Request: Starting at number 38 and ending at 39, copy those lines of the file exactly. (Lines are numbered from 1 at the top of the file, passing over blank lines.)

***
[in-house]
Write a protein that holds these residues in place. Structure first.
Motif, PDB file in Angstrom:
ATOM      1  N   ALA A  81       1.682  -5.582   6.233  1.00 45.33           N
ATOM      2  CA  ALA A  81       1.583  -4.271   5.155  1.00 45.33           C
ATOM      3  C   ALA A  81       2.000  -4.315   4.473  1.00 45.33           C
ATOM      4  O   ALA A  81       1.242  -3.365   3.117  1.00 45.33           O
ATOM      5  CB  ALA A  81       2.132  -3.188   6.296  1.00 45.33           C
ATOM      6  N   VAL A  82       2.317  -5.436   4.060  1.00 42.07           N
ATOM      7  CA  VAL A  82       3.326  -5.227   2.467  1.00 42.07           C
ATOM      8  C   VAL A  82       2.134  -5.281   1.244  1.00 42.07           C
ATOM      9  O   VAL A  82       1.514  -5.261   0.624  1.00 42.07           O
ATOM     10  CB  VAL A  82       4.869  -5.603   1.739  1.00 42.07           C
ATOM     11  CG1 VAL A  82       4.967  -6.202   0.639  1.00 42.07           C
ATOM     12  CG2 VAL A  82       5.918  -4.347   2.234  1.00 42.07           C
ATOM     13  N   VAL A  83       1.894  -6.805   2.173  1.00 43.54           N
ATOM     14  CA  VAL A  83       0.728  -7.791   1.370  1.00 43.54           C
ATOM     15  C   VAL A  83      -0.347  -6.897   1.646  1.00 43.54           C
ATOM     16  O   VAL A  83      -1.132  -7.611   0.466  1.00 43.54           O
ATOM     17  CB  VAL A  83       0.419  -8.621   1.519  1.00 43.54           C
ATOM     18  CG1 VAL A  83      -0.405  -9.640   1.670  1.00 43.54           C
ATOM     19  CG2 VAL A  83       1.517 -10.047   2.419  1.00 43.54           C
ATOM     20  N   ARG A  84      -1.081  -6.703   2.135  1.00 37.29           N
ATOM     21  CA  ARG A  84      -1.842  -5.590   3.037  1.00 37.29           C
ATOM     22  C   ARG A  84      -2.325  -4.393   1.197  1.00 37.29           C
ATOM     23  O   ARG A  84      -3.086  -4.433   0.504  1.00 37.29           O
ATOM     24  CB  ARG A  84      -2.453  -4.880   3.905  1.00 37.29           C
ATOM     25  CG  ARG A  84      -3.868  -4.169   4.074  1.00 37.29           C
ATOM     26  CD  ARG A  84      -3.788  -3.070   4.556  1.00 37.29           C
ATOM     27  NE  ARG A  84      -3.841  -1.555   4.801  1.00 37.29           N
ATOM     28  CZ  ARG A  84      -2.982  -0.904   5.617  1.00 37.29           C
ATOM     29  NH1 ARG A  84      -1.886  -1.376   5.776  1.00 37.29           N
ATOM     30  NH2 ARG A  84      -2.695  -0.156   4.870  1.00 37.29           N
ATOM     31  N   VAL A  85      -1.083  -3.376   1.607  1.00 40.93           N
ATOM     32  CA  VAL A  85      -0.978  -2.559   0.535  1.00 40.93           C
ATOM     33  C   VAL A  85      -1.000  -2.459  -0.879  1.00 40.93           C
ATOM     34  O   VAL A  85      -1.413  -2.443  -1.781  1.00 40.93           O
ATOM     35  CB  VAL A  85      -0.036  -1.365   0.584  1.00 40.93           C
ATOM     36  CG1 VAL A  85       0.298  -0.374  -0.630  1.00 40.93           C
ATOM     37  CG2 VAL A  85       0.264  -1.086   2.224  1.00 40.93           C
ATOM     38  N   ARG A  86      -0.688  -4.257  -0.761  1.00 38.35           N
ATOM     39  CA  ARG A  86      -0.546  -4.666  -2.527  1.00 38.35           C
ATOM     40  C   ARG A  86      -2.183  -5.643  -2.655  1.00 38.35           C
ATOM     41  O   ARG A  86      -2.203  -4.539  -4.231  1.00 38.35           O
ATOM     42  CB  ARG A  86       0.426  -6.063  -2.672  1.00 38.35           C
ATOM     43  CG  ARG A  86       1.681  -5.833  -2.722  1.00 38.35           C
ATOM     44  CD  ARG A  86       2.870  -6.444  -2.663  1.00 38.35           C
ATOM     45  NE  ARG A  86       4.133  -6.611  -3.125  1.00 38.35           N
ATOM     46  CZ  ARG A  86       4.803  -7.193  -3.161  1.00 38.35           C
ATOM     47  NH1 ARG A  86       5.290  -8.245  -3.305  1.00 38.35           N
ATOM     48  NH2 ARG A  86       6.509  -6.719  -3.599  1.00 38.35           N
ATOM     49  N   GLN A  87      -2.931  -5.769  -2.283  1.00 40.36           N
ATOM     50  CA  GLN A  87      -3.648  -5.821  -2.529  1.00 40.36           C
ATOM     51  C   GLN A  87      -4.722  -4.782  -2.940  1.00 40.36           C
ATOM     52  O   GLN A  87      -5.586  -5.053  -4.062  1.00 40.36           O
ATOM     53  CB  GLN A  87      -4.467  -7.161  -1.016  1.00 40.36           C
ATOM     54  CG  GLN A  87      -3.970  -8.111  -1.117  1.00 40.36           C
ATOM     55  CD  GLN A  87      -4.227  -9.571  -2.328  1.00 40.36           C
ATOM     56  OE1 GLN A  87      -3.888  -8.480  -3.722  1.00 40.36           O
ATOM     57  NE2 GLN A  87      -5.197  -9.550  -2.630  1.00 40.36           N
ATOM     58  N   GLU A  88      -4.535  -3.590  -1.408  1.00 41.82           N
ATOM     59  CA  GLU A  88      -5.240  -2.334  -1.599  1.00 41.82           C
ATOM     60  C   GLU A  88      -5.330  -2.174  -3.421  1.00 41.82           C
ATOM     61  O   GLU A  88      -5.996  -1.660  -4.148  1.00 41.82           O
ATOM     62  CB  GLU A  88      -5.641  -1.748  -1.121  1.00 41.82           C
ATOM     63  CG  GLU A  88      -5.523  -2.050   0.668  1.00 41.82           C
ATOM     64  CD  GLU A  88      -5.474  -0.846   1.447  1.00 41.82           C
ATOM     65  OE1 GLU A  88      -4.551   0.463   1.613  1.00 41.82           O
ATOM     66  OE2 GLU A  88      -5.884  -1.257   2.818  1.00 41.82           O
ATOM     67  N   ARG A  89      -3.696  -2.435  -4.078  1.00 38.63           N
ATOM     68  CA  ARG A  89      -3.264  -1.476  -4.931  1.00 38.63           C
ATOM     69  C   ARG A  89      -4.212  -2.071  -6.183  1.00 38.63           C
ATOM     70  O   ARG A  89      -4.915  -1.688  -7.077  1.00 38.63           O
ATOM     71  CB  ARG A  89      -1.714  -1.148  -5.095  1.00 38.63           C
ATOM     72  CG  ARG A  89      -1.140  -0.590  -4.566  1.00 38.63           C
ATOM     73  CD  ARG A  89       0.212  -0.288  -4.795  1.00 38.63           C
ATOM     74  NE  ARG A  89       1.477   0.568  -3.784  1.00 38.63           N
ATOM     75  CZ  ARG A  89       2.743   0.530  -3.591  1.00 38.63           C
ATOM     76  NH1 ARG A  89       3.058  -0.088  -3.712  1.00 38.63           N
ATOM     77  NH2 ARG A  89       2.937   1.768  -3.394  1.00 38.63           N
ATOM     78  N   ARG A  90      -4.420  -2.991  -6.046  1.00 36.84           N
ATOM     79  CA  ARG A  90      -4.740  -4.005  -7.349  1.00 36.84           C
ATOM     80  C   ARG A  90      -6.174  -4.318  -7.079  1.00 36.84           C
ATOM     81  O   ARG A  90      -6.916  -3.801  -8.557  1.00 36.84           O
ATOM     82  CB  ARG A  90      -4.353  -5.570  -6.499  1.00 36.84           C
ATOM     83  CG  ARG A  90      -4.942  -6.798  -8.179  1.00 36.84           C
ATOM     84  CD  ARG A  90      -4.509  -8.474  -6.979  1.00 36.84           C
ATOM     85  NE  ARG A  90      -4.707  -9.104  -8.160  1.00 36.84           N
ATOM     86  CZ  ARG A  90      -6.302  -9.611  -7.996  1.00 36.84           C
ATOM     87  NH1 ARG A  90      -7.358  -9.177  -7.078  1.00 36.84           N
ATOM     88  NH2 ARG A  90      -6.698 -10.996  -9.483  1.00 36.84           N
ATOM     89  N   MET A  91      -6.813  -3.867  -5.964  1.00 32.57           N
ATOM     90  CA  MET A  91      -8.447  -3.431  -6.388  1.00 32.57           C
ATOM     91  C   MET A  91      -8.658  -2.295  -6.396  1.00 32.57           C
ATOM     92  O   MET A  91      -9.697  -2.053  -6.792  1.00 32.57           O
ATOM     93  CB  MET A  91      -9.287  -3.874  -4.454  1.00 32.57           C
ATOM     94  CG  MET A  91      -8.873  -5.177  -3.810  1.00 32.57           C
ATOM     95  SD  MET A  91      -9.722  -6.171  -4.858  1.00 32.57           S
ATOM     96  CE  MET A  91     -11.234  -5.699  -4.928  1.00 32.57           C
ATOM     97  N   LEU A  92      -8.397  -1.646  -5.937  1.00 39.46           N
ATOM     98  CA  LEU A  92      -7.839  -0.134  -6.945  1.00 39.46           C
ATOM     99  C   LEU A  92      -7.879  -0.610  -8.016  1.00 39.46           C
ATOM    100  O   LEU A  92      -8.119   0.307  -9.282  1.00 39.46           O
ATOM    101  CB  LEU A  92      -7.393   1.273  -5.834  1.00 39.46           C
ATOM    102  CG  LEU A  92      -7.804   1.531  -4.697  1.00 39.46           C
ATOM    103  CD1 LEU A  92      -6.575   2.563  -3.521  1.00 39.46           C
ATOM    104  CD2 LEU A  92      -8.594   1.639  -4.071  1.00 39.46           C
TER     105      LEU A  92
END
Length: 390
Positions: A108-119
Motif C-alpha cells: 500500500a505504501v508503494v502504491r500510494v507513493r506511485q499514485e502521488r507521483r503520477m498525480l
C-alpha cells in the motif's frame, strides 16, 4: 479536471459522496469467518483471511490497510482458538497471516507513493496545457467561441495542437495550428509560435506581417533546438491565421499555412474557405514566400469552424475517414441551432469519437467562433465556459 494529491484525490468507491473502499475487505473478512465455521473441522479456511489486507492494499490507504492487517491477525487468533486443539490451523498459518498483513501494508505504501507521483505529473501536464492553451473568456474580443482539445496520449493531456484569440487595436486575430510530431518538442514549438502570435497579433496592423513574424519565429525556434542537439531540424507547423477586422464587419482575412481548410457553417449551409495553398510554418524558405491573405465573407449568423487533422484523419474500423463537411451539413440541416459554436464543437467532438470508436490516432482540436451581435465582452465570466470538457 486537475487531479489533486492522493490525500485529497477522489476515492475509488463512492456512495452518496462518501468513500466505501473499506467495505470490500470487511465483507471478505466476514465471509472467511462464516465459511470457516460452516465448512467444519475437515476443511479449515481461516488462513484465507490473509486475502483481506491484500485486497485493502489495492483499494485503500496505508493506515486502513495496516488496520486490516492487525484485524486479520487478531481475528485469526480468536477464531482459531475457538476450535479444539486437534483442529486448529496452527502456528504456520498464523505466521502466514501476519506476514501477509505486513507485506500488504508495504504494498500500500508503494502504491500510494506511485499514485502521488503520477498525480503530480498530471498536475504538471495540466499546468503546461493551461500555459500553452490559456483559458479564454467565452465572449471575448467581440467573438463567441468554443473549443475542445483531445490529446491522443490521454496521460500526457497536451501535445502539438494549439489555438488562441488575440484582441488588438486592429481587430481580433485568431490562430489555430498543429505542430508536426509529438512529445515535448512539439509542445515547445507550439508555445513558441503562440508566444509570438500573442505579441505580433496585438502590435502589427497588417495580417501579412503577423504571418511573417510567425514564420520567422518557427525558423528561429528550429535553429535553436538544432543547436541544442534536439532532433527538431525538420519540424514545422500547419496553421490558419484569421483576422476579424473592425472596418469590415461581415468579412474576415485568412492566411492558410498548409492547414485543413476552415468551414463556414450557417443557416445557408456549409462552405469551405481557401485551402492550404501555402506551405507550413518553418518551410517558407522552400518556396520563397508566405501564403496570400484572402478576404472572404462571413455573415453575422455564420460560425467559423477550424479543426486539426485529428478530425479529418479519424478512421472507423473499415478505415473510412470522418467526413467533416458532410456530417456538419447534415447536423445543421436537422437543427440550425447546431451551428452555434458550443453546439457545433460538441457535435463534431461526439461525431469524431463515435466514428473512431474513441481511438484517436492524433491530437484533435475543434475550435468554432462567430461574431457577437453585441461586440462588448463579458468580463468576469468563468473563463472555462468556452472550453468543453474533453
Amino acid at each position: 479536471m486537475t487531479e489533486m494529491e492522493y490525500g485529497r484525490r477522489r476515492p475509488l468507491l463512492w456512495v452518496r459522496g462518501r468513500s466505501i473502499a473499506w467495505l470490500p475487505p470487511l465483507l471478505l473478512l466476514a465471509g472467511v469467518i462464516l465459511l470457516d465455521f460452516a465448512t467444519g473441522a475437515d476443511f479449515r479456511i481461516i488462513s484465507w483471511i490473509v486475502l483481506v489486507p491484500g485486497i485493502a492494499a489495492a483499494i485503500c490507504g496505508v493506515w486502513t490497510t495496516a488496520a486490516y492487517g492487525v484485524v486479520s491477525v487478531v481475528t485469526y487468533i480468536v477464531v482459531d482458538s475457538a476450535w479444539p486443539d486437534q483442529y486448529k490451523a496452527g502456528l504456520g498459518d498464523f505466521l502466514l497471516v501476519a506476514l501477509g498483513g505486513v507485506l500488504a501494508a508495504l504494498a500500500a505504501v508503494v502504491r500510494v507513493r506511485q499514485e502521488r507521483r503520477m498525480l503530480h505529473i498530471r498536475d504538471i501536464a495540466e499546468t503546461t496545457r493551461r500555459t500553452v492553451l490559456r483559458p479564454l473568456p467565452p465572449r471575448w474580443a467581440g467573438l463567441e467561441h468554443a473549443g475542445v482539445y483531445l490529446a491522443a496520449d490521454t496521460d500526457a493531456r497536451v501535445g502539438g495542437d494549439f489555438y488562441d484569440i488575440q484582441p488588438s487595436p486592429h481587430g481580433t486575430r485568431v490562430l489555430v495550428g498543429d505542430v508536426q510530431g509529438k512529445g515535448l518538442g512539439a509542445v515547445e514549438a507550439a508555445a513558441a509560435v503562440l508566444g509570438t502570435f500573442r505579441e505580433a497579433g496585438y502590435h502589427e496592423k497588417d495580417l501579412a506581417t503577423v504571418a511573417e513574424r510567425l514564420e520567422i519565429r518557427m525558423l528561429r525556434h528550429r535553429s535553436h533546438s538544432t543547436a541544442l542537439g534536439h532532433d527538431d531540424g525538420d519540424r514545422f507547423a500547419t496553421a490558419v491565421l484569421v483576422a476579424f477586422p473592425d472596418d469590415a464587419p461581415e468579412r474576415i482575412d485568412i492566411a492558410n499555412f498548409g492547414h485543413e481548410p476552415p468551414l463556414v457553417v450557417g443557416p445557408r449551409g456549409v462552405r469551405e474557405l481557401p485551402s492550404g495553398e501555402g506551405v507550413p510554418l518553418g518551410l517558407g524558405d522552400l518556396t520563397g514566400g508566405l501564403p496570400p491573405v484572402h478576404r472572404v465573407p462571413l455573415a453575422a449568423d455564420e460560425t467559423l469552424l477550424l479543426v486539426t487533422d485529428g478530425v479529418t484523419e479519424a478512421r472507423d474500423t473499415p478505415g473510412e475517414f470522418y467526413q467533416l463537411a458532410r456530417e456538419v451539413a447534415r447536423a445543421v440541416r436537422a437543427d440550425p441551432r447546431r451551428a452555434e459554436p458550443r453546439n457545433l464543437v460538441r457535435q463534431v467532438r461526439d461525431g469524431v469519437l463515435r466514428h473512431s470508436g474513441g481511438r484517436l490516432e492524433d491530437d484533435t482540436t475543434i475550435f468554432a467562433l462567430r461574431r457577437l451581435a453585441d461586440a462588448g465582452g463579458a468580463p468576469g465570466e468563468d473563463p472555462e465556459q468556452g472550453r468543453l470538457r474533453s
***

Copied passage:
ATOM     35  CB  VAL A  85      -0.036  -1.365   0.584  1.00 40.93           C
ATOM     36  CG1 VAL A  85       0.298  -0.374  -0.630  1.00 40.93           C